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The Truth About Germany’s Autobahn

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Truth About Autobahn

To most non-Europeans, the word “Autobahn” conjures up images of long stretches of European roadway with no speed limits, a place where sports cars and supercars can legally tear past ordinary vehicles at any desired speed. However, to the average German, the image is less exotic.

The Autobahn, or Bundesautobahn as it’s known in Germany, is basically a federal highway system and most German drivers consider it just another network of roads similar to the interstate or highway system in your own country. There is so much misconception about what it truly is, so let’s get to know it better:

Why It Was Made

The first German road specifically developed for automobiles opened in August 6, 1932, and was a 21 mile (34 km) stretch that connected the cities of Bonn and Cologne. It had no cross streets and was strictly intended for use by cars, trucks and motorcycles, with slower vehicles like horse-drawn carts being prohibited.

When the Nazi Party took over Germany’s political system in the late 1930s, Adolph Hitler’s military campaigns needed a highly developed road system to move war materials. He accelerated an aggressive, pre-existing road building program across the country that resulted in the world’s first high-speed network of roads, the Autobahn!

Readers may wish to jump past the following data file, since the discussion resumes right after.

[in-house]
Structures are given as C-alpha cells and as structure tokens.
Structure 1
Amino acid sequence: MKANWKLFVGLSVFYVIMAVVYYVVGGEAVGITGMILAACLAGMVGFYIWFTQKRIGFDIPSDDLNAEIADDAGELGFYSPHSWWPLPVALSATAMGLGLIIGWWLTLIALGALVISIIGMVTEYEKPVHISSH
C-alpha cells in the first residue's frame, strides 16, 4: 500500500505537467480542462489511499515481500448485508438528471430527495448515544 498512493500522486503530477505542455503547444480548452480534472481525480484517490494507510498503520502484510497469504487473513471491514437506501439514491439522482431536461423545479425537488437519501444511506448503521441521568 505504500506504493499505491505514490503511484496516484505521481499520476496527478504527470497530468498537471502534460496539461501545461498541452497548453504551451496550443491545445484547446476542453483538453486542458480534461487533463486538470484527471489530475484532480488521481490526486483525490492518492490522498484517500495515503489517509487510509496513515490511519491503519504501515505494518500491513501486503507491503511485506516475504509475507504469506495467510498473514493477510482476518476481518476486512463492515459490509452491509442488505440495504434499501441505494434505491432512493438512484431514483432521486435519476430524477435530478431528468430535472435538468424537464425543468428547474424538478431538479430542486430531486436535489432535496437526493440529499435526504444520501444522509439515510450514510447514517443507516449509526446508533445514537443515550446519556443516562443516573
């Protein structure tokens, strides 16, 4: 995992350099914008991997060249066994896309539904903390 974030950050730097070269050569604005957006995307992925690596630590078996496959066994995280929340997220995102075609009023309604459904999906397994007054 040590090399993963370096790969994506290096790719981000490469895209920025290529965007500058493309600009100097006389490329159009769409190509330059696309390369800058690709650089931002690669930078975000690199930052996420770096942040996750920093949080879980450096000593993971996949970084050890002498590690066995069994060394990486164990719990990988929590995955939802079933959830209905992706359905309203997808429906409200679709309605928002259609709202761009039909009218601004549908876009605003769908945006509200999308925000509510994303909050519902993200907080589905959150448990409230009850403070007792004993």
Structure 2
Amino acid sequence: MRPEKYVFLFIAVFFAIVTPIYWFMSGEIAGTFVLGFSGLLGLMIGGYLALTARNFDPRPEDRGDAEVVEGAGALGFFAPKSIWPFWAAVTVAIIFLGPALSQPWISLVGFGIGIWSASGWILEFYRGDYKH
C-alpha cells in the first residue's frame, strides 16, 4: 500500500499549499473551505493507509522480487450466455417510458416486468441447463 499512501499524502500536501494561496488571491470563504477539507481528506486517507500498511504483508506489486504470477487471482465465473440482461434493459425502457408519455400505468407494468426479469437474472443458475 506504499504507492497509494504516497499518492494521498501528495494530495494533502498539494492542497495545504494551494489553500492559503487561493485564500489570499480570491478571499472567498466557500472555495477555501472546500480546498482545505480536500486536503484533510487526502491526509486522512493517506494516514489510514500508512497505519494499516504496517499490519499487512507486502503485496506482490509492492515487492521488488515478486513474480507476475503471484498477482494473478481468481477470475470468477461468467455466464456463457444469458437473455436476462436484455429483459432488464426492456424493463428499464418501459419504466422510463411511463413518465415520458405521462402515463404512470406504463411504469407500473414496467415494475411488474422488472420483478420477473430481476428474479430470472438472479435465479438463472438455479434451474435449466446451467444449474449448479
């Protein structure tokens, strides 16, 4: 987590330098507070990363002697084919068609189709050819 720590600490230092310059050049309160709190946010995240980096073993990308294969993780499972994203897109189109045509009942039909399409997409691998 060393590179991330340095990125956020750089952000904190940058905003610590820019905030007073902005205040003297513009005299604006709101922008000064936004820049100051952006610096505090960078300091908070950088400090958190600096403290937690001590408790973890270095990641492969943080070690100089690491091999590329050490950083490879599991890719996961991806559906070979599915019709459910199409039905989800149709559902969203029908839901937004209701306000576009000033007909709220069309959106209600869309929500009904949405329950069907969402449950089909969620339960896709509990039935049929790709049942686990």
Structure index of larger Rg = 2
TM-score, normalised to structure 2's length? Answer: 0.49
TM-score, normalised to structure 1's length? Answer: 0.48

The Autobahn Today

Contrary to popular beliefs, only some sections of the Autobahn have no speed limits. Similar to most highways around the world, the Autobahn does have a posted minimum speed of 37 mph (60 km/h), effectively prohibiting the use of mopeds, bicycles, underpowered cars and any other slow form of transportation like horse-drawn vehicles.

Road networks inspired by Germany’s autobahns have been established in neighboring Austria and Switzerland, as well as Portugal and Spain. And like Germany’s, their primary purpose is to serve as an efficient transportation network to spur commercial development and allow military transport in times of national emergency.

The Autobahnpolizei

Unsparingly, the autobahn is regulated and laws are enforced by a specialty branch of Germany’s federal police, the Autobahnpolizei! The German autobahn police rely heavily on advanced technology, including video surveillance, radar and — of course — fast cars and, from what we hear from the motorheads at Arrigo Fiat of West Palm Beach, are not to be messed with.

The Future

As with all things seemingly too good to be real, there are discussions over imposing an 80 mph (129 km/h) speed limit on the Autobahn, and interestingly it has less to do with road safety than it does with concerns over vehicle emissions. However, in 2007, German Chancellor Angela Merkel reportedly said she would not support any moves to limit speeds on the nation’s highway system.

Possibly as a sign of changes ahead, while Merkel’s opposition illustrates Germany’s love affair with cars and refusal to relinquish its right to speed, the autobahns in Austria and Switzerland have implemented speed limits in sections previously without restrictions. But if Germans continue to fight the good fight, Germany might in time become the last developed country without speed restrictions on its national highway system, and that would be something of great pride.

Is there a place in world for city roads with no city limits?

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